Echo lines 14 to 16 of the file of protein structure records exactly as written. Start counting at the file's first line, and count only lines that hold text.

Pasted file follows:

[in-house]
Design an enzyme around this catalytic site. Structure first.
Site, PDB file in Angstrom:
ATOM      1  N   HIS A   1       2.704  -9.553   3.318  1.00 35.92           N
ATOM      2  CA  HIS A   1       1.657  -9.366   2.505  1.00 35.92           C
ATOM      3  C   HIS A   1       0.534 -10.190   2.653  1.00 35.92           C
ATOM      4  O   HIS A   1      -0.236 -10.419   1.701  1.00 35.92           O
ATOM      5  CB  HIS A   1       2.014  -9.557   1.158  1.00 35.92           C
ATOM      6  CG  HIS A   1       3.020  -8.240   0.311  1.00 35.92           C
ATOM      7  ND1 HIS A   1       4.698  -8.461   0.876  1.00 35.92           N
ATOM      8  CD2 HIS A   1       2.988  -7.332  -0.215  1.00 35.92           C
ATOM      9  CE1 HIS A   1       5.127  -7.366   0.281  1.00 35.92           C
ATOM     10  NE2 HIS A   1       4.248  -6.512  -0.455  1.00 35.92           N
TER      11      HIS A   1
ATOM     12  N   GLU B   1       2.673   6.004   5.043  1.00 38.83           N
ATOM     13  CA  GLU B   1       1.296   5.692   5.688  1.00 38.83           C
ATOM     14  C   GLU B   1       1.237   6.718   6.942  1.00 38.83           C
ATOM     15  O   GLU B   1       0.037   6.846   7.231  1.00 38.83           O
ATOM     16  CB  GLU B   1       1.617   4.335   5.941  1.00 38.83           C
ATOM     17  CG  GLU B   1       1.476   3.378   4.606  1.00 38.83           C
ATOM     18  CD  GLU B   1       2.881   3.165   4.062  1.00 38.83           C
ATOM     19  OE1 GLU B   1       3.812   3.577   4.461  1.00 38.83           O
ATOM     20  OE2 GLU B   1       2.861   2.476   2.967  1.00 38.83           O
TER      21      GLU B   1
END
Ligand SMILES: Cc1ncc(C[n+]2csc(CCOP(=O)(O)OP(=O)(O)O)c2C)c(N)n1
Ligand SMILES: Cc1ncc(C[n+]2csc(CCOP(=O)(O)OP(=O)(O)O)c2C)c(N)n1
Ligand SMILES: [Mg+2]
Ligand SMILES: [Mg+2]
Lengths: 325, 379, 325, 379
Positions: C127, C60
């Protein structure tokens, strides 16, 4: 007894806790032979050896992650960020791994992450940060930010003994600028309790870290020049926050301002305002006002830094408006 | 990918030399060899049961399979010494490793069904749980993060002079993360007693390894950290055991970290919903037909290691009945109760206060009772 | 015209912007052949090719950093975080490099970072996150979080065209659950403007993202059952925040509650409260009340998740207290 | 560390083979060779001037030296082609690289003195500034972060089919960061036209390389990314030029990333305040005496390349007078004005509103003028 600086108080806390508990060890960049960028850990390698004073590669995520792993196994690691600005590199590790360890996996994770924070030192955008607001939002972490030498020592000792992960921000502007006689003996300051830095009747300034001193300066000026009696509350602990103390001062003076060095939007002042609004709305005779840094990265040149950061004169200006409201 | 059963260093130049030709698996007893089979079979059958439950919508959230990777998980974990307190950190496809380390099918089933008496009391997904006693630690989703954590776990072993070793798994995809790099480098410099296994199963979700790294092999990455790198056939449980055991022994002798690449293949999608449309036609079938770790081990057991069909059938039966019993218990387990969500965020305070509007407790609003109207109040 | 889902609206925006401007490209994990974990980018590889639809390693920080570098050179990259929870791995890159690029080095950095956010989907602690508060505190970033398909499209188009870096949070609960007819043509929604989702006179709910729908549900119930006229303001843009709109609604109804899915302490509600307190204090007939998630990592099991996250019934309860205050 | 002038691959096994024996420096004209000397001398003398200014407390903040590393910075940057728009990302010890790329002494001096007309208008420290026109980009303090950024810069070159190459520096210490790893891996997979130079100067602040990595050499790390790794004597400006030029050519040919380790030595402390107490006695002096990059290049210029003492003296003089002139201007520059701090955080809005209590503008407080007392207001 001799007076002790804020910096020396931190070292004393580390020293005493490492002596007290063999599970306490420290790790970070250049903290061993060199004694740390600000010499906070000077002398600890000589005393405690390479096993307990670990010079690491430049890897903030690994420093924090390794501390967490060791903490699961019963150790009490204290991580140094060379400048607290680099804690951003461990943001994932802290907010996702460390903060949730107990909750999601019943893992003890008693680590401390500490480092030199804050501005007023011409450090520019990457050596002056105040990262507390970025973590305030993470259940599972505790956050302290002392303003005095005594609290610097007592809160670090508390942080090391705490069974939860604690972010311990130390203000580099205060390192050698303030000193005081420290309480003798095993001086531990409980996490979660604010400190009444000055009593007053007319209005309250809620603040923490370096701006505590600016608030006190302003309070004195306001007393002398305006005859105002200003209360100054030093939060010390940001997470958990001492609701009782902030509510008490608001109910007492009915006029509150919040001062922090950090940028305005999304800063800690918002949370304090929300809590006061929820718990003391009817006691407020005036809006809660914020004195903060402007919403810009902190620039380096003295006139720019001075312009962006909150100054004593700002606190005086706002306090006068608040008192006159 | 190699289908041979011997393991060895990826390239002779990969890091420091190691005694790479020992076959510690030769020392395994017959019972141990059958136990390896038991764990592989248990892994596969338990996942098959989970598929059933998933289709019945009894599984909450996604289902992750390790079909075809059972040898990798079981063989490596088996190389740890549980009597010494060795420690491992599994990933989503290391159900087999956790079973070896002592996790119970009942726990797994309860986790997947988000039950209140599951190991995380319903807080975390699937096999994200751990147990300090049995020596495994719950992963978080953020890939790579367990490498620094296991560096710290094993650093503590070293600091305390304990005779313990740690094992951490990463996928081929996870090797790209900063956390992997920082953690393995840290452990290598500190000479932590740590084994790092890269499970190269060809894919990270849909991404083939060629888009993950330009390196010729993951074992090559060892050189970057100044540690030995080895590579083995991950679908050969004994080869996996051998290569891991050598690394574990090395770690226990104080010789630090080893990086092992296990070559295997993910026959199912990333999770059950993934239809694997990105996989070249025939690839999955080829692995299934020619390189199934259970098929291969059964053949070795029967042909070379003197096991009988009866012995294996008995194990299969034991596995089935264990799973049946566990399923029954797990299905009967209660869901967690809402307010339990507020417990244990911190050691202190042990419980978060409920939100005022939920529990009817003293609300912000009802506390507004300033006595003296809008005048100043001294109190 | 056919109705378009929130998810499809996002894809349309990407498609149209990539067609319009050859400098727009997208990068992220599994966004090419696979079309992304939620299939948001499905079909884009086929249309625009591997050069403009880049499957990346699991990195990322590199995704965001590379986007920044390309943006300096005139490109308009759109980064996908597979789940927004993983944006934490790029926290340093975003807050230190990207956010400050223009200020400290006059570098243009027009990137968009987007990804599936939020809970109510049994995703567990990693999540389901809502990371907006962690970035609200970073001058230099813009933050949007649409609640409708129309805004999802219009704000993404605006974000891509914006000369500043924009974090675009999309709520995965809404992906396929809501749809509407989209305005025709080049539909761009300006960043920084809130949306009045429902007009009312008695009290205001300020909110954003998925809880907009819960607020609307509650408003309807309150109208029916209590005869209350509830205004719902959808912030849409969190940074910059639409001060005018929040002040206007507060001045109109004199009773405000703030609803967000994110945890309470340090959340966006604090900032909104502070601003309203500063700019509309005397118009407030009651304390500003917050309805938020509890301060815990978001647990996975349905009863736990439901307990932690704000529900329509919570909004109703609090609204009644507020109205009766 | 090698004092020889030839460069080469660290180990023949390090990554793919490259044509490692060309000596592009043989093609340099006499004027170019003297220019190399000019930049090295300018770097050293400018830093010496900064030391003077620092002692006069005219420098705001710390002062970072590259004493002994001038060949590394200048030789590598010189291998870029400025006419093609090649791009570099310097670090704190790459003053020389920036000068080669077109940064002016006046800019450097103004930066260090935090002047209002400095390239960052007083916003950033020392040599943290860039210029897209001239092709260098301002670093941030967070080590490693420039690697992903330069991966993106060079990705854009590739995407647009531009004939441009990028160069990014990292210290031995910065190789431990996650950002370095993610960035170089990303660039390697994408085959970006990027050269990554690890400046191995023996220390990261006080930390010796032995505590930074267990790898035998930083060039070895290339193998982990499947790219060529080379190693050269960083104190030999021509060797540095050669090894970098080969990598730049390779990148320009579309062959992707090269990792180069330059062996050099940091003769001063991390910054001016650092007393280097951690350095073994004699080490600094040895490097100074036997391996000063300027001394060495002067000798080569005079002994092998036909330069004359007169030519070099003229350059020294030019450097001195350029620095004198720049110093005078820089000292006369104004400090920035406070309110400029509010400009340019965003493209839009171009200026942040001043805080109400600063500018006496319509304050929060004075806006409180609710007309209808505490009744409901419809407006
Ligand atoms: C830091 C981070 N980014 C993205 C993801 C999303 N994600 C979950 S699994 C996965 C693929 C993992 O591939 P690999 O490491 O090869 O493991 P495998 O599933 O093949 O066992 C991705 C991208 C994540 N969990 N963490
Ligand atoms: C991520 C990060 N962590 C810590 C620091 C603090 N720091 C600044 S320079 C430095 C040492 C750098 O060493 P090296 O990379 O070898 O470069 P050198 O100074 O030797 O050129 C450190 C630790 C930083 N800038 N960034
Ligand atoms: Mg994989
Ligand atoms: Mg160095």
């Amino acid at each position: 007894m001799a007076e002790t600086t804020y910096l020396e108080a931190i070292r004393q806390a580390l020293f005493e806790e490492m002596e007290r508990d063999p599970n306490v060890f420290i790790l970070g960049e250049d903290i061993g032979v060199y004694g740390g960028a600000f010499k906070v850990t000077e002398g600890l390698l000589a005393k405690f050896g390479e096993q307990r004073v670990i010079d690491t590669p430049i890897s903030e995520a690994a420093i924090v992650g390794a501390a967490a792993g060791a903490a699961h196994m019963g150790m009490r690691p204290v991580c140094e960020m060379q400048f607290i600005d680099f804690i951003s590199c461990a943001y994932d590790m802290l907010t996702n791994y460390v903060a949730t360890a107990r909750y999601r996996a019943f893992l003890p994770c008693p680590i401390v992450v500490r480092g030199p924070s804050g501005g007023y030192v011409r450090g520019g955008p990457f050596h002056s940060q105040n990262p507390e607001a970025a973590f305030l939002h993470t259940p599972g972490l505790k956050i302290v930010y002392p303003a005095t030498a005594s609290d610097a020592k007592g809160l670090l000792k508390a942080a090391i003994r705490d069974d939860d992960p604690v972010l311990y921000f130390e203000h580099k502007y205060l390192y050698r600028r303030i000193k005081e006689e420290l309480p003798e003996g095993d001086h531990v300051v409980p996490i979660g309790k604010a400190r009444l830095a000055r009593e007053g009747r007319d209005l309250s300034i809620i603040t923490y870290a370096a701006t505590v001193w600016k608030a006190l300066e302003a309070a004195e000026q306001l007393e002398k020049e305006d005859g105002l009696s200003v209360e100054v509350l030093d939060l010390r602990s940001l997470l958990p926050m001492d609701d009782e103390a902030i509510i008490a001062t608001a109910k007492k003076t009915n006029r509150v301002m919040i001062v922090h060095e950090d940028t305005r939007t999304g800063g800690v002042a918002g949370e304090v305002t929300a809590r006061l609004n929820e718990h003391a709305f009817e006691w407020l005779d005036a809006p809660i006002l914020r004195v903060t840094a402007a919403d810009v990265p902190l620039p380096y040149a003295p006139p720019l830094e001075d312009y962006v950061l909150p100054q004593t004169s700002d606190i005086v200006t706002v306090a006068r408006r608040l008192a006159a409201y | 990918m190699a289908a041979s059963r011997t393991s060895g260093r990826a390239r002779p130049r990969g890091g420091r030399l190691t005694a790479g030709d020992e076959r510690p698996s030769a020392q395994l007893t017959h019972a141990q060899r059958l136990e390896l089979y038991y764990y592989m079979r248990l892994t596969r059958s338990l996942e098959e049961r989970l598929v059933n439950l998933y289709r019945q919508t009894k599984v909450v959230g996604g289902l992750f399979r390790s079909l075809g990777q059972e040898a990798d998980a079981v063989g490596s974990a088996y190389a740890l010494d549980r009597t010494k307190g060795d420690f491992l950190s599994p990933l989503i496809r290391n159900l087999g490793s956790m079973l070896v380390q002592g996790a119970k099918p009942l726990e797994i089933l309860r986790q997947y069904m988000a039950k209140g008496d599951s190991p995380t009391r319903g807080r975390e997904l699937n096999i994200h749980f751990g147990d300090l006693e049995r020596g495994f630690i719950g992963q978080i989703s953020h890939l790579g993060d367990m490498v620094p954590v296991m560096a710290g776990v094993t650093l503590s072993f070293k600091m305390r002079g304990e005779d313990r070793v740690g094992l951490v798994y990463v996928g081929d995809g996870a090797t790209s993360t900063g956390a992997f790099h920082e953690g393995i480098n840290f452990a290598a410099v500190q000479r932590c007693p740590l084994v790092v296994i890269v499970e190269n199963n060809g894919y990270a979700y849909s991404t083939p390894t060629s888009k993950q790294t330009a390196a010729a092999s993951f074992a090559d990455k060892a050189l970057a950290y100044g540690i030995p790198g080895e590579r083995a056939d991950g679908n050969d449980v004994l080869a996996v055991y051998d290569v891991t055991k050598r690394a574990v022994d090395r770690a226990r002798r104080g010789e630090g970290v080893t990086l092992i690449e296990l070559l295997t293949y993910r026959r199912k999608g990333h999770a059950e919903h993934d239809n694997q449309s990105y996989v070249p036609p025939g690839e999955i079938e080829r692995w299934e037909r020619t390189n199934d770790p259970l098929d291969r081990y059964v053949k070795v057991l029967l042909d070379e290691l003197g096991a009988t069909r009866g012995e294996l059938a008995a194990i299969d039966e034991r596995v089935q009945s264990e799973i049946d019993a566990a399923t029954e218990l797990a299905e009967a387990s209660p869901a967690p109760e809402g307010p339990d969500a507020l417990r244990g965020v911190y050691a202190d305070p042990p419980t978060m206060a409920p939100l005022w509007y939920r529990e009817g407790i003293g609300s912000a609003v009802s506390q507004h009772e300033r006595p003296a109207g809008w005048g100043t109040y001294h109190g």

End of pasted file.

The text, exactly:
TER      11      HIS A   1
ATOM     12  N   GLU B   1       2.673   6.004   5.043  1.00 38.83           N
ATOM     13  CA  GLU B   1       1.296   5.692   5.688  1.00 38.83           C